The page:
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Discussion in 'Politics, Religion, Social Issues' started by chainprayer, Sep 30, 2008.
seems like everyone has a different opinion on this one. what do you think the US should do?
You forgot "Give me the $700bn and I'll sort it out, honest"
Boy, the Bush administration really mishandled this. It's very different from, say, spending $700 billion in Iraq. If the plan works, we won't have to spend anything. If it fails, we're screwed anyways. The $700 billion will be the least of our worries. The "bailout" is really the only hope to get out of this mess.
Whatever the amount is something needs to be done fast!
I suspect this will probably be closed or moved to politics forum. But yeah, they need to do something soon. The Bush administration has done a very poor job of explaining to the public what exactly this plan entails and why it is important, which is unfortunate. A whole lot of people see it as giving money to fat cats. Instead, it is buying securities, which will likely go up in value in time, after this crisis passes, in an effort to shore up the financial sector. The financial sector is, of course, pretty much the most important sector of the economy, because all other sectors borrow/raise money from it or through its instrumentalities to fund investments, capital and otherwise.
Here and in real life, I'm often told how great the free market & globalisation are. I, as a Lakota red anarchist have never fallen for their line of guff. And now these free trade boys WANT temporary socialism by way of a helping hand. (Stuffed with the public's money of course!) I thought these boys were invulnerable? That they don't need society or community ... they're too rich for that. But wait ... now they want a helping hand! F 'em! I say let it fall and then perhaps, from the ashes, something more decent could be born.
That majority (and a big majority) for doing nothing is staggering.
Yes fat cat brokers and all that-make them weep but do you know what the consequences are for punishing mr cocky stockbroker is?
Sorry but the WORLD is on the brink of a great depression because a huge proportion of the the US population brought houses they couldn't afford (unless house prices kept going up!!!), rolled over car loans into new 100% car loans and generally spent too much.
The US got the world (or their government) into this mess, now they have to pay a little more tax and get us out of it.
Its not that we will be giving these blokes a "helping hand", unfortunately and its unfair, yes, but these blokes control the money supply, the lines of credit, the confidence which oils the wheels of the worlds economy.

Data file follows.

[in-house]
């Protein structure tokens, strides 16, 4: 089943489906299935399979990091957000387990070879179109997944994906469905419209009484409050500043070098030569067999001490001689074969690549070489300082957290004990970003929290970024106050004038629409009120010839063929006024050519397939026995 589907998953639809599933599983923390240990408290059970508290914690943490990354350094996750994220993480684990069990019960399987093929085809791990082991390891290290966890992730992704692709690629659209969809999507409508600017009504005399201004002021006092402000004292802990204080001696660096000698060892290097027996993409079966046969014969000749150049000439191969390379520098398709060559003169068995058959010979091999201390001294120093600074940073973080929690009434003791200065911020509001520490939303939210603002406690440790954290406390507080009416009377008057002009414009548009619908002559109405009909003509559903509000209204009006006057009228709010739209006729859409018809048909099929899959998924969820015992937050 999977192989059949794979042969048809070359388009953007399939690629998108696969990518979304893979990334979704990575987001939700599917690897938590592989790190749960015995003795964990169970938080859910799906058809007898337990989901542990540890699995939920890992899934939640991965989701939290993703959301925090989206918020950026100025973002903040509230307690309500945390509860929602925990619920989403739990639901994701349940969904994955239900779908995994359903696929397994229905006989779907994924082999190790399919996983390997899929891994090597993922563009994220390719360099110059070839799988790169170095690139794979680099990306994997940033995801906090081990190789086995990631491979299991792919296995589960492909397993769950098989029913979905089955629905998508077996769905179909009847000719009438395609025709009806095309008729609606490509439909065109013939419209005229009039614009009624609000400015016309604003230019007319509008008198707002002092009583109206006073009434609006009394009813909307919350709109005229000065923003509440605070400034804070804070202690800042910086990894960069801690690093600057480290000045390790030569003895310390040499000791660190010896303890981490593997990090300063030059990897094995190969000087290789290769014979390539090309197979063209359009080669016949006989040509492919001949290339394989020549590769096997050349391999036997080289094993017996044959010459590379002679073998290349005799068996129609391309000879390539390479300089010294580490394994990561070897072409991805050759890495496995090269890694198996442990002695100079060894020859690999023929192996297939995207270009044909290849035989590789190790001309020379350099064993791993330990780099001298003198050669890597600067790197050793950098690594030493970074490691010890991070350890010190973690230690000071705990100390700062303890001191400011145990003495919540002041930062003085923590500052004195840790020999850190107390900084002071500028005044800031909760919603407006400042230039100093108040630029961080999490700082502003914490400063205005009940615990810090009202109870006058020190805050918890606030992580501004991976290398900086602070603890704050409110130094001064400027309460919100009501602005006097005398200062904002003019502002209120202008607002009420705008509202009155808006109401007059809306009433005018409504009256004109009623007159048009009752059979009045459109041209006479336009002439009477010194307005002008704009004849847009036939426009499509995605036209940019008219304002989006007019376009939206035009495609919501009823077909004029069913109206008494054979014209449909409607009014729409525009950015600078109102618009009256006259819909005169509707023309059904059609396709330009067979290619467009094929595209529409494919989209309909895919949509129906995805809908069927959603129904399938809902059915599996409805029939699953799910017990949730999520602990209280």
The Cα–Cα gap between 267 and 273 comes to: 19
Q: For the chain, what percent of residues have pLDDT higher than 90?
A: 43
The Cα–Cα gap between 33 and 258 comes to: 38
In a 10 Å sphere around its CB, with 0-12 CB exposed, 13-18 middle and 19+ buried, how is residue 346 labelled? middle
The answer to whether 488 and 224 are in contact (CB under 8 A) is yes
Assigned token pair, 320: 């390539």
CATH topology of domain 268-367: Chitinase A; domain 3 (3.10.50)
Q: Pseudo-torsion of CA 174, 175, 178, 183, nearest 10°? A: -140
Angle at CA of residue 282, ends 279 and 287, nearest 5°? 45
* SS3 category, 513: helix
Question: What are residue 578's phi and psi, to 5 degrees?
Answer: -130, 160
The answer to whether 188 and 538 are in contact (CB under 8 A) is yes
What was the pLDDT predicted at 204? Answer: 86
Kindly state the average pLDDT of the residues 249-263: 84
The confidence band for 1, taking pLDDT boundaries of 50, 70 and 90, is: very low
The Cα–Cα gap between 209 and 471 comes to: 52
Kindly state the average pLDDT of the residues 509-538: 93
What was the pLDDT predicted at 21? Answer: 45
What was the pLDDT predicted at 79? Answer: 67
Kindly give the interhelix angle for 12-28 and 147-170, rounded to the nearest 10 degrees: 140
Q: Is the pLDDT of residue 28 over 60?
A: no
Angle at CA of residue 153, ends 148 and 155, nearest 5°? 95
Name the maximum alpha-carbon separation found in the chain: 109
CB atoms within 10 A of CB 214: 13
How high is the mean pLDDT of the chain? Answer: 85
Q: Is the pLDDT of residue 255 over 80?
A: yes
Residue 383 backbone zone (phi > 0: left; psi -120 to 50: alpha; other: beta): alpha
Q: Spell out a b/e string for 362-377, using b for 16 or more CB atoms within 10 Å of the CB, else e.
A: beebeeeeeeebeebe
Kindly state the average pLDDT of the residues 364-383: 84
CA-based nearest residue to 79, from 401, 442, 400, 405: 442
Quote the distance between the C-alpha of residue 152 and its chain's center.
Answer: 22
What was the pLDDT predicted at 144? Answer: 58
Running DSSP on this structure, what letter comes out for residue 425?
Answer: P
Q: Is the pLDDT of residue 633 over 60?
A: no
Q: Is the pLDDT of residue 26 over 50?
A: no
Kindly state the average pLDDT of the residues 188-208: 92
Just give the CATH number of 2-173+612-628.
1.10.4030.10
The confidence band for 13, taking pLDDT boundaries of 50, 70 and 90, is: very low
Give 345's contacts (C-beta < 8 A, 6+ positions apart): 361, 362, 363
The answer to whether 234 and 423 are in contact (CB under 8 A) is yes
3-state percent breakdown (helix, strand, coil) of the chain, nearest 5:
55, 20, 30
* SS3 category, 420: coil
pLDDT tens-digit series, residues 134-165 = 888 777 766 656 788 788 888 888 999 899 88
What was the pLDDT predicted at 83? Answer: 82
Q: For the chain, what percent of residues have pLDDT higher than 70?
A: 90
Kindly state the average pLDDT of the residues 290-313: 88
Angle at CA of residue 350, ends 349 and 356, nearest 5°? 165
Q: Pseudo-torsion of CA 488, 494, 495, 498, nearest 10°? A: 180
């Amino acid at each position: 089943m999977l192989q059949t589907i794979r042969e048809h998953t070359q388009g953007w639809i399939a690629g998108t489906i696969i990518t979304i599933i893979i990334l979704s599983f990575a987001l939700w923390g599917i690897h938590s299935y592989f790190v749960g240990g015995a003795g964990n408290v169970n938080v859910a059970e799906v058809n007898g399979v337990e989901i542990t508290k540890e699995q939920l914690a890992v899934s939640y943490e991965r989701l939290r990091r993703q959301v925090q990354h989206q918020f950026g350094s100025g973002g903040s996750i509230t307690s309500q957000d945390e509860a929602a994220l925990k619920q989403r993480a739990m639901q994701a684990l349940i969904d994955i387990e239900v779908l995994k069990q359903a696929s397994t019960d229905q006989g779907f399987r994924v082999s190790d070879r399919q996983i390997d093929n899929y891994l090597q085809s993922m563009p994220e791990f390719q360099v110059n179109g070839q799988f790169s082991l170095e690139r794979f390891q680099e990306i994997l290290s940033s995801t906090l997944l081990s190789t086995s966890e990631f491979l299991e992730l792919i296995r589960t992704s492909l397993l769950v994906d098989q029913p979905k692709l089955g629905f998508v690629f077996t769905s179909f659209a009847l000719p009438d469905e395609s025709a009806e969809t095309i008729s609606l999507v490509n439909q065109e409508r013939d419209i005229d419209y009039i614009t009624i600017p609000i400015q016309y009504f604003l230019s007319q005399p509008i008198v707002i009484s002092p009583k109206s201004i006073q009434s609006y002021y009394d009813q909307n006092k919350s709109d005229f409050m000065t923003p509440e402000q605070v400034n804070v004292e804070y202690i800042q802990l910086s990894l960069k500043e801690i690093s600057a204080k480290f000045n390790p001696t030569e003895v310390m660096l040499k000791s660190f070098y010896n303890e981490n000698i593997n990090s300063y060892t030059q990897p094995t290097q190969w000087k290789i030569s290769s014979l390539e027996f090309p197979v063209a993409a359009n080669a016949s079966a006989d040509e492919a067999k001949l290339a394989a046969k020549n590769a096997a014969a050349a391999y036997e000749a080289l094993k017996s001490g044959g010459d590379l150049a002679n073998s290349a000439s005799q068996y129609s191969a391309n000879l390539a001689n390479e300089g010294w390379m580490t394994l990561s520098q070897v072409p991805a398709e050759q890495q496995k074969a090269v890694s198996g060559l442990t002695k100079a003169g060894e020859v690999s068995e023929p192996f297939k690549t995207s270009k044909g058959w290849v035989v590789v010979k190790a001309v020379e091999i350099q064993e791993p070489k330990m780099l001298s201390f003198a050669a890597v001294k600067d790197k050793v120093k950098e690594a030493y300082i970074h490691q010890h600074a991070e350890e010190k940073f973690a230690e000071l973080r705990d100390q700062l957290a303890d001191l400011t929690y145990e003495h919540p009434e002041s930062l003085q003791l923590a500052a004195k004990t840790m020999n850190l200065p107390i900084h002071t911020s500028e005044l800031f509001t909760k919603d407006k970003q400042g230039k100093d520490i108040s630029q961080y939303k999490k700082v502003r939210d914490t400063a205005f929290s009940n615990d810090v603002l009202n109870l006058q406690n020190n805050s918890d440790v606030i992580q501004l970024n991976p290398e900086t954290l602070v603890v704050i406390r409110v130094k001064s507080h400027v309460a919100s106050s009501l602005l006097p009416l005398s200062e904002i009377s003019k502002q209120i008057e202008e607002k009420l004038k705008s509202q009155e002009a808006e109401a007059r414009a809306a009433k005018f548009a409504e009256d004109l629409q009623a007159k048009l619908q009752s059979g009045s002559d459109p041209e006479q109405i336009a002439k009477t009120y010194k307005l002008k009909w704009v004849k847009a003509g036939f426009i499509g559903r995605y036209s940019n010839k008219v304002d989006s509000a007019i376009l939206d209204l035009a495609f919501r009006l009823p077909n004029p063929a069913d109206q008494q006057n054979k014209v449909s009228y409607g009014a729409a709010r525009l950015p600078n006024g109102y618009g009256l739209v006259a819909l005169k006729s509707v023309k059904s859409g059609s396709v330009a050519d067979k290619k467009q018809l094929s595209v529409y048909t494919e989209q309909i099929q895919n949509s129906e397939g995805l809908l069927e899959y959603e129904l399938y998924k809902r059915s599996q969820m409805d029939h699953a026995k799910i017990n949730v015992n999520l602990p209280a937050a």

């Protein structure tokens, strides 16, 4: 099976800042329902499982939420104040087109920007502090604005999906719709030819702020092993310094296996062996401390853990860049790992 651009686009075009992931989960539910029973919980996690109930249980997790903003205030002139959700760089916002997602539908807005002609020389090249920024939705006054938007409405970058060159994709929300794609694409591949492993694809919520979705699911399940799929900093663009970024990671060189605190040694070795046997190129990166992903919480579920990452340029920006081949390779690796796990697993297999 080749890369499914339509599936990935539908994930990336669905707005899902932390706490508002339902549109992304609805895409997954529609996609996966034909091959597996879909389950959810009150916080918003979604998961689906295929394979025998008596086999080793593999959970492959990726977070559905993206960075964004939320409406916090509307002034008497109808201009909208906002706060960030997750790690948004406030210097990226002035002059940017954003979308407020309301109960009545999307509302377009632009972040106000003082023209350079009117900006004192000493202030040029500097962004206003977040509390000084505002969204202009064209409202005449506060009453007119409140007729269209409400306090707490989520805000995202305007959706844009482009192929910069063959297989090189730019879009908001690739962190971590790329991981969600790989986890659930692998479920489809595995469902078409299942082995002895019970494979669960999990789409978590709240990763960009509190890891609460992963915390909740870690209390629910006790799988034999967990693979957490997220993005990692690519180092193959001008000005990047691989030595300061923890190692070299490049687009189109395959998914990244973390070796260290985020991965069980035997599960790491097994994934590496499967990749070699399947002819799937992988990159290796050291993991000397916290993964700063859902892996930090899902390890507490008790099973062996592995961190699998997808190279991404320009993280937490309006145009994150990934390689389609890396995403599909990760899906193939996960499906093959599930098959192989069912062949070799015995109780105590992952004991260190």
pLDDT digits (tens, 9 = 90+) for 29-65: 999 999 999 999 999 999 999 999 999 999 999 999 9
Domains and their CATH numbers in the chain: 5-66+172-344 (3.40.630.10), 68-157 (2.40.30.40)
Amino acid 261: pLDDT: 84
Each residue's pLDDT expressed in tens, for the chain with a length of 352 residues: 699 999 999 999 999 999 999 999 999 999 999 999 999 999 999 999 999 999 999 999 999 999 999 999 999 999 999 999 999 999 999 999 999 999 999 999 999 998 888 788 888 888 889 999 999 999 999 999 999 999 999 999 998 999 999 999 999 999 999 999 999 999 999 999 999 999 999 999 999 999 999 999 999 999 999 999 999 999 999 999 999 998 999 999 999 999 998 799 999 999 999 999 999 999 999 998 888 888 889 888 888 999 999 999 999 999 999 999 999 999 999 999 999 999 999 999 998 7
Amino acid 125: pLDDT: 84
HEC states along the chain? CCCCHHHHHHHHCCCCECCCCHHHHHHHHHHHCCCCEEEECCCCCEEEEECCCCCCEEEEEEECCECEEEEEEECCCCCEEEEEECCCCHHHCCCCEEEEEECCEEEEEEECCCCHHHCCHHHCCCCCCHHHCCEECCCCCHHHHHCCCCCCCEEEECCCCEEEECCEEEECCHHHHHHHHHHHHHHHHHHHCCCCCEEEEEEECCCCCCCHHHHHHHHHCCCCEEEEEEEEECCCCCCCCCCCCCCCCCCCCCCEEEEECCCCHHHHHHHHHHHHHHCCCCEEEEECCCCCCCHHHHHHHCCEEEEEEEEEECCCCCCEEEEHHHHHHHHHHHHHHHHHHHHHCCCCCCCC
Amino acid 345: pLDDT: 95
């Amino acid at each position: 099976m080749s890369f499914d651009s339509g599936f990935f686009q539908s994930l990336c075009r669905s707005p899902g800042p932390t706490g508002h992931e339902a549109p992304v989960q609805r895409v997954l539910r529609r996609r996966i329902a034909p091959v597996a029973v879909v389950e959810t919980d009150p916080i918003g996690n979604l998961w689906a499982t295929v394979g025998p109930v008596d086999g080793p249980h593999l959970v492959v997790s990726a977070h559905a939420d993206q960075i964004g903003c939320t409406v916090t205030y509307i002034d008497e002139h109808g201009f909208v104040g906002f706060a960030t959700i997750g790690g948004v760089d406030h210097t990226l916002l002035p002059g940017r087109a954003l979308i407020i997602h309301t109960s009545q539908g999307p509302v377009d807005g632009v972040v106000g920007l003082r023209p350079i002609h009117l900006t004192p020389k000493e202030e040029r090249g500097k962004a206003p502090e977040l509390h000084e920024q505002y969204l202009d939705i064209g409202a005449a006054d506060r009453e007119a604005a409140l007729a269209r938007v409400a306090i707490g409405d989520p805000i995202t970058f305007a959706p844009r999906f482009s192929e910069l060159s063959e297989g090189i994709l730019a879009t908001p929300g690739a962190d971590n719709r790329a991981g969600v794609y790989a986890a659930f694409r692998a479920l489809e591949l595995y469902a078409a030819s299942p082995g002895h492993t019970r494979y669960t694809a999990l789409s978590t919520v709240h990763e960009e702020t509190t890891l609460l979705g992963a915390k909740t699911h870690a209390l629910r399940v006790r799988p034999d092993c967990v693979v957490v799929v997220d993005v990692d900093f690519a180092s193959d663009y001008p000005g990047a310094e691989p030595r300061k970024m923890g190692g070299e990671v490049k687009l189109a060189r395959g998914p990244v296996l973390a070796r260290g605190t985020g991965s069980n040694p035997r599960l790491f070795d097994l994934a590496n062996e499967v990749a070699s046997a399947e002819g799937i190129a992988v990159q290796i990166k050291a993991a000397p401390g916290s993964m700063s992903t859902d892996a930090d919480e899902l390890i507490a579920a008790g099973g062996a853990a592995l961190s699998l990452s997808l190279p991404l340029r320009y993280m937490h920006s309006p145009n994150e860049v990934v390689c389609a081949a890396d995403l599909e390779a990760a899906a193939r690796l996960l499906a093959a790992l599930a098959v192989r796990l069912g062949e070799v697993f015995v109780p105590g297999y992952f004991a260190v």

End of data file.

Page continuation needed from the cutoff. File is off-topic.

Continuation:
If you let them fall then there will be no money to keep your house going, pay your wages, lend your company investment capital to expand. So the banks will start to want their loans back which will mean forcing you to sell your house, your car, the company you work fro may lay you off as they can't afford the payroll .
I'm being serious This is scary stuff-we are teetering on the edge of oblivion.
This is no time to teach people lessons.
Have you heard the expression, cut your nose to spite your face?
If they do something like 700 Billion then maybe, just maybe, we can muddle through.
Do nothing and its the soup kitchens, mass unemployment, social anarchy, the collapse of modern society, the whole toot.
Forget your iphones, not having turn by turn navigation will be the least of your worries.
This from todays times explains it very well
The harsh arithmetic behind the banking crisis.
The $700 billion bailout seems much more reasonable when you understand how crippling a fall in a bank's assets is
Banks are strange institutions. They can epitomise the free market at its best and also indulge in some of the worst forms of financial skulduggery just on the right side of the law; they are both the standard-bearers of the capitalist system and, too often, its worst advertisement.
But, for the layperson, perhaps the oddest feature of banking is its arithmetic. When other businesses deal with each other they assume, correctly in most cases, that the assets - the land, the buildings, the machinery - belong largely or wholly to their shareholders. But most banks' assets consist of loans and are owned to a small extent only by their shareholders.
Typically, the part of the banks' assets that belongs to shareholders - the capital - is less than 5 per cent of the total. In the jargon, banks' capital-to-asset ratios are under 5 per cent. The capital is needed to protect the banks' depositors, who own more than 95 per cent of the claims on a bank, against bad risks in the loan portfolios.